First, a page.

1. The petitioner in this case is the wife of one Durgaprasad Prasan-nakumar Bakhale. The respondent is the Commissioner of Police, Bombay. The petition states that the respondent got the said Durgaprasad Prasannakumar Bakhale arrested on September 9, 1947, when the house of the said Durgaprasad was searched, but nothing objectionable was found by the police in the house. Nevertheless the respondent detained the said Durgaprasad at the Esplanade police lock-up and on September 11, 1947, the said Durgraprasad was served with a notice dated September 11, 1947, under Section 3 of the Bombay Public Security Measures Act of 1947 and that he has now been detained at the Worli Temporary Prison under Order No. 486 of 1947 purporting to have been issued by the respondent under the said Act. The notice dated September 11, 1947, which was served on Durgaprasad reads as follows :
That you have instigated and actively helped by providing funds to suspect Laxman and his accomplices for the purpose of stabbing Muslims in Kamatipura area and are concerned in stabbing incidents, bomb throwing incidents in Kamatipura area either as an instigator, active helper or actual perpetrator or financier and are thereby acting in a manner prejudicial to the public safety and the peace of Greater Bombay.
2. The petitioner denies all these allegations and sets out the activities useful and innocent in which her husband was engaged. In paragraph 5 of the petition it is stated that it appears that Durgaprasad was arrested in consequence of a statement made by the suspect Laxman. The petitioner submits that the statement of the accused person Laxman cannot justify the respondent in taking action against Durgaprasad under the Bombay Public Security Measures Act and she submits that the order was made on incorrect facts and false information. In paragraph 8 of the petition it is submitted that the order made against Durgaprasad by the respondent was illegal, void and of no legal effect and that the same was not made bona fide in proper exercise of his duty by the respondent. The petitioner prays that the respondent may be ordered to produce Durgaprasad before this Court (which has accordingly been done) and that Durgaprasad be set at liberty.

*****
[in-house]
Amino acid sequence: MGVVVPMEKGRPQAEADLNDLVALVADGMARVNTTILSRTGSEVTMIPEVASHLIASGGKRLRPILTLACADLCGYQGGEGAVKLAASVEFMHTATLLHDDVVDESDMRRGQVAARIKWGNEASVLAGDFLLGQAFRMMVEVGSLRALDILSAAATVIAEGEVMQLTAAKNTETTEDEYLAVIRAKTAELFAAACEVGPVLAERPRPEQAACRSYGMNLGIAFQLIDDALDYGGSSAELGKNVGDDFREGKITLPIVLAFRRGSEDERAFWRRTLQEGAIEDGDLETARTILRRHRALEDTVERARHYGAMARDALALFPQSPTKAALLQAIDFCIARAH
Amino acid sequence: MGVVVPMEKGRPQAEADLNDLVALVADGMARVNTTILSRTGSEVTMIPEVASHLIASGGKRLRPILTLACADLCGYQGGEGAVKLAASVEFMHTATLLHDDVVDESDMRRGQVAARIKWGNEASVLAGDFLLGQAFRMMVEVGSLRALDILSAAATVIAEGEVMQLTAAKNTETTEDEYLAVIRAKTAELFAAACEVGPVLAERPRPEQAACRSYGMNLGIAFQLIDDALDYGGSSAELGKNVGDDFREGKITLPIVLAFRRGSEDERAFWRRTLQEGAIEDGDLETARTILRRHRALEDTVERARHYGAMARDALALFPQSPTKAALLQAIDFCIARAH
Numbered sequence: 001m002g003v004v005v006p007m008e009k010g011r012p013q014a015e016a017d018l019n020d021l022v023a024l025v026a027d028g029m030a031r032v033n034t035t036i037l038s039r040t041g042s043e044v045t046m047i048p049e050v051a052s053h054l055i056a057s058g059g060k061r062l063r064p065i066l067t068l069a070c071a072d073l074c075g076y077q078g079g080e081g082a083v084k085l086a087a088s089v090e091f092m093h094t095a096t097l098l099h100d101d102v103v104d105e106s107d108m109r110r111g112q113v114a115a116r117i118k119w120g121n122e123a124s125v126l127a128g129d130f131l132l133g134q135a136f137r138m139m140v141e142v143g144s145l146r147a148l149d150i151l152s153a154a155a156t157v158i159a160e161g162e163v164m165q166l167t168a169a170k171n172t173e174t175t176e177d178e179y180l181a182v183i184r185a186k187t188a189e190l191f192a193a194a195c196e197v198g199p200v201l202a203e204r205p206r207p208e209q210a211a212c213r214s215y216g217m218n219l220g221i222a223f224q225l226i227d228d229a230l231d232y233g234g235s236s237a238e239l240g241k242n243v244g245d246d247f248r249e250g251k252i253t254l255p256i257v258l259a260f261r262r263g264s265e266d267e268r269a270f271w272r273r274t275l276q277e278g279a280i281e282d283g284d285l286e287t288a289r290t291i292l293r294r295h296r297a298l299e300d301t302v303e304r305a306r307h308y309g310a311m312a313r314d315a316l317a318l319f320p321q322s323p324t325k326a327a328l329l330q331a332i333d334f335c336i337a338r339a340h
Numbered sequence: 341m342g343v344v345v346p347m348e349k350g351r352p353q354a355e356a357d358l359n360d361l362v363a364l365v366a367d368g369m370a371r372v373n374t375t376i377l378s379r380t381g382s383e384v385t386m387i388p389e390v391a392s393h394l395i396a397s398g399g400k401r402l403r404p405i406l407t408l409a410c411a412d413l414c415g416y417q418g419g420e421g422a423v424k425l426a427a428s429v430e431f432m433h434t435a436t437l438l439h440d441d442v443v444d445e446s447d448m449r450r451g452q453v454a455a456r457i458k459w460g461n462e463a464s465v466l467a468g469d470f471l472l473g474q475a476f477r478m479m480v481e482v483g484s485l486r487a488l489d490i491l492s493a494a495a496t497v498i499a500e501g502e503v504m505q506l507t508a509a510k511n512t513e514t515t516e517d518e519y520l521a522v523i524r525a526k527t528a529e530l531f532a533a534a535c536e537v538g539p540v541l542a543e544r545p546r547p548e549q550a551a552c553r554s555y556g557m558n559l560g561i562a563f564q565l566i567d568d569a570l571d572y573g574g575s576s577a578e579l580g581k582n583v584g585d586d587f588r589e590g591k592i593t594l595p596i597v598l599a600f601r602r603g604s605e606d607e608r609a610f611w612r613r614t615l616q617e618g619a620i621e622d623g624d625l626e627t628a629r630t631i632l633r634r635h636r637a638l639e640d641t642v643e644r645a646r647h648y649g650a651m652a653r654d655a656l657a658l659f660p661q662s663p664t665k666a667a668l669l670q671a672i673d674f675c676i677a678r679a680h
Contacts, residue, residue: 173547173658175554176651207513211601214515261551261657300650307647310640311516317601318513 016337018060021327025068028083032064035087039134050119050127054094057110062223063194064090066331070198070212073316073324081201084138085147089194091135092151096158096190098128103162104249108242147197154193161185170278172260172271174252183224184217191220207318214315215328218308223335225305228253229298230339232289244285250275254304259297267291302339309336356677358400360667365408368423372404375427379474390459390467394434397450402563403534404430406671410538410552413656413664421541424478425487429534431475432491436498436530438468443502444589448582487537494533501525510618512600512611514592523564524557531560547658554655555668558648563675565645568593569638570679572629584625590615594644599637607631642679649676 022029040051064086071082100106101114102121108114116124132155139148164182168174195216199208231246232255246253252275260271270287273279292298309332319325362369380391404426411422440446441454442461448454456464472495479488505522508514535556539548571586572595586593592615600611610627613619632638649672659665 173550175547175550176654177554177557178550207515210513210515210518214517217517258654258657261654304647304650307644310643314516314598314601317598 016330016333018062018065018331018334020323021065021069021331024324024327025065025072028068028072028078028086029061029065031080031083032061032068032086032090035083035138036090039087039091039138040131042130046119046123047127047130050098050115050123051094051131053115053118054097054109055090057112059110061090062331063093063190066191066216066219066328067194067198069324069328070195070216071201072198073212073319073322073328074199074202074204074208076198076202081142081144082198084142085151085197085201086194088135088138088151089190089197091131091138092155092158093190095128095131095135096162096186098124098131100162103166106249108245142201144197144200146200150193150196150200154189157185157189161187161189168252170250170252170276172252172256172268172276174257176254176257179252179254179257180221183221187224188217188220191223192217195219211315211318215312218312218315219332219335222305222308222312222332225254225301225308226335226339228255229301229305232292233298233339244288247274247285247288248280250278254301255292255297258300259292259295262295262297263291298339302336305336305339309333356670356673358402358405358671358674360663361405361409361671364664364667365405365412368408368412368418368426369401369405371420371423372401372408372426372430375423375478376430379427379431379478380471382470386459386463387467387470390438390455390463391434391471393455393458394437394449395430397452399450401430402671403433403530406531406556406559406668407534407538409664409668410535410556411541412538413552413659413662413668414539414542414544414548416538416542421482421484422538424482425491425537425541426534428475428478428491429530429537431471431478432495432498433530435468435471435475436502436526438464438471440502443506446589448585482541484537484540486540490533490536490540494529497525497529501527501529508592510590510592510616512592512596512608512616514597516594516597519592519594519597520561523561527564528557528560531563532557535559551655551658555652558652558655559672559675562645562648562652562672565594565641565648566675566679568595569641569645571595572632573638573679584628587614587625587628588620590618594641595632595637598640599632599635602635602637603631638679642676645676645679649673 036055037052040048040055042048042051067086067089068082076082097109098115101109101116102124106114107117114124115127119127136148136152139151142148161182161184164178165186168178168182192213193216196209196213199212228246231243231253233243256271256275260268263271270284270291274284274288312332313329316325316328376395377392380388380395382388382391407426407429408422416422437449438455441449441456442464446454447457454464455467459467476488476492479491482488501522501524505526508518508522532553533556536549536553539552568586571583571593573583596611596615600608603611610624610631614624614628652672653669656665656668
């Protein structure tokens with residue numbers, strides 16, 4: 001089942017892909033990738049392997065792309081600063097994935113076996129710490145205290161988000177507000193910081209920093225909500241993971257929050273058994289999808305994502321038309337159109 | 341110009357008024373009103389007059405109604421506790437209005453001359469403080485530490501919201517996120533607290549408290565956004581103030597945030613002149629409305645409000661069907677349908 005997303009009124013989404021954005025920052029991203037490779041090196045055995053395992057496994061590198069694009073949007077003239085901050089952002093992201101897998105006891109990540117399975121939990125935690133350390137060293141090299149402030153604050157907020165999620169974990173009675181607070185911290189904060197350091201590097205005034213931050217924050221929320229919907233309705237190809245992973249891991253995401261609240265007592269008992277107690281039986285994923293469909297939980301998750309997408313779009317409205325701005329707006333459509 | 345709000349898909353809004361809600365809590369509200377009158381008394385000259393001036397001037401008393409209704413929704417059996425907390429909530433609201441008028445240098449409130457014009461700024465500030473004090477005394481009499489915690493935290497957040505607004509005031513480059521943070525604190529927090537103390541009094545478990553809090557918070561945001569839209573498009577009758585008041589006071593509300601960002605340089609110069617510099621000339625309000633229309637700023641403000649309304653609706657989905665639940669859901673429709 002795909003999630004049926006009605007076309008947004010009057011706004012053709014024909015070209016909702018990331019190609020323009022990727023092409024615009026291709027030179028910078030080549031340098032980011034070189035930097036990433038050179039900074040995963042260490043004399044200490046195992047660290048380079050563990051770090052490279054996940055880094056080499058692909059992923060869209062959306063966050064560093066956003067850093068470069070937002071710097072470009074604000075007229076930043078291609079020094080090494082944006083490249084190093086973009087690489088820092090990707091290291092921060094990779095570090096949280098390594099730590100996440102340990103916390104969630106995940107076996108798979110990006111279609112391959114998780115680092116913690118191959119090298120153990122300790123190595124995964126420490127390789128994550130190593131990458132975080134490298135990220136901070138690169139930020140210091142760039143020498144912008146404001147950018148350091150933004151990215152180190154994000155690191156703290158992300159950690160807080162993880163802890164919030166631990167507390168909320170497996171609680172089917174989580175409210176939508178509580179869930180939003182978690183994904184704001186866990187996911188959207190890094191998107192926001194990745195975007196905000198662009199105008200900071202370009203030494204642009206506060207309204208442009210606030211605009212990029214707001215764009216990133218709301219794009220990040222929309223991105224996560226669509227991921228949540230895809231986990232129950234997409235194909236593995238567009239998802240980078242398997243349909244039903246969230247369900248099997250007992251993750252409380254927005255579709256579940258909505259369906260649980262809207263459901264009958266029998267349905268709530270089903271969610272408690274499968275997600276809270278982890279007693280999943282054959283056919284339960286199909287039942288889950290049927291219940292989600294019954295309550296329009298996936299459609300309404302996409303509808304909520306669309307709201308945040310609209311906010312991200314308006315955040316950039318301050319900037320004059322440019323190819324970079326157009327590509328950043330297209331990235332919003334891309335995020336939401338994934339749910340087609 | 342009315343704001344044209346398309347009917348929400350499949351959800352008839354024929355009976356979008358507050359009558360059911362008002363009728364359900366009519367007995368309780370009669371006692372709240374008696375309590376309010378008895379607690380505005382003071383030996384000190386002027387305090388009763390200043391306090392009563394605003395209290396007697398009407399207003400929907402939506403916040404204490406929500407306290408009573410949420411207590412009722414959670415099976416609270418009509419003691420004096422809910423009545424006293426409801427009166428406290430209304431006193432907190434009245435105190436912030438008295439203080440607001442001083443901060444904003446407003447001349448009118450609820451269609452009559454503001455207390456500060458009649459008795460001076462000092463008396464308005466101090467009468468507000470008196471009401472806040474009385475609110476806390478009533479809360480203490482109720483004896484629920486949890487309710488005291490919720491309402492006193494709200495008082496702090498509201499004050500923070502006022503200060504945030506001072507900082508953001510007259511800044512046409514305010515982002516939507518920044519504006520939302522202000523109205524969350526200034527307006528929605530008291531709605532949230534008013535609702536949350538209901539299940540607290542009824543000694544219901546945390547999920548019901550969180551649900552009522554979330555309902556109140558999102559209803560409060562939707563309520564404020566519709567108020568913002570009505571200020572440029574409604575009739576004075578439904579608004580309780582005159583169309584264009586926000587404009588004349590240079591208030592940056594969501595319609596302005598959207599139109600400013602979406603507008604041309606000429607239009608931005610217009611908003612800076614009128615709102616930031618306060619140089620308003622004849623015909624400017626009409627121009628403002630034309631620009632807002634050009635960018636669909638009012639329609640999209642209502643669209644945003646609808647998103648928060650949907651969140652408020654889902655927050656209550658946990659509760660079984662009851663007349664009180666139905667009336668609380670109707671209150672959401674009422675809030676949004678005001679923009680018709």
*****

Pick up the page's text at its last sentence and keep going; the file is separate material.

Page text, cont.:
3. To-day (November 20, 1947), the matter has been argued by Mr. M. N. Talpade on behalf of the petitioner. The first point that he made was that the order of the Government of Bombay published in the Bombay Government Gazette on April 26, 1947, delegating the power under Section 2, Sub-sections (1), (2) and (4), to the Commissioner of Police, Bombay, is not a proper order. He relies on Section 21 of the Bombay Public Security Measures Act of 1947 which provides as follows:
The Provincial Government may by order direct that any power or duty, which is conferred or imposed on the Provincial Government, shall in such circumstances and under such conditions, if any, as may be specified in the order, be exercised or discharged by any officer or authority subordinate to it, not lower in rank than a Deputy Commissioner of Police in Greater Bombay, or the District Magistrate, or Additional District Magistrate elsewhere.
Section 2 (1) says:
The Provincial Government may, if it is satisfied that any person is acting in a manner prejudicial to the public safety, the maintenance of public order, or the tranquillity of the Province or any part thereof, make an order directing that he be detained etc.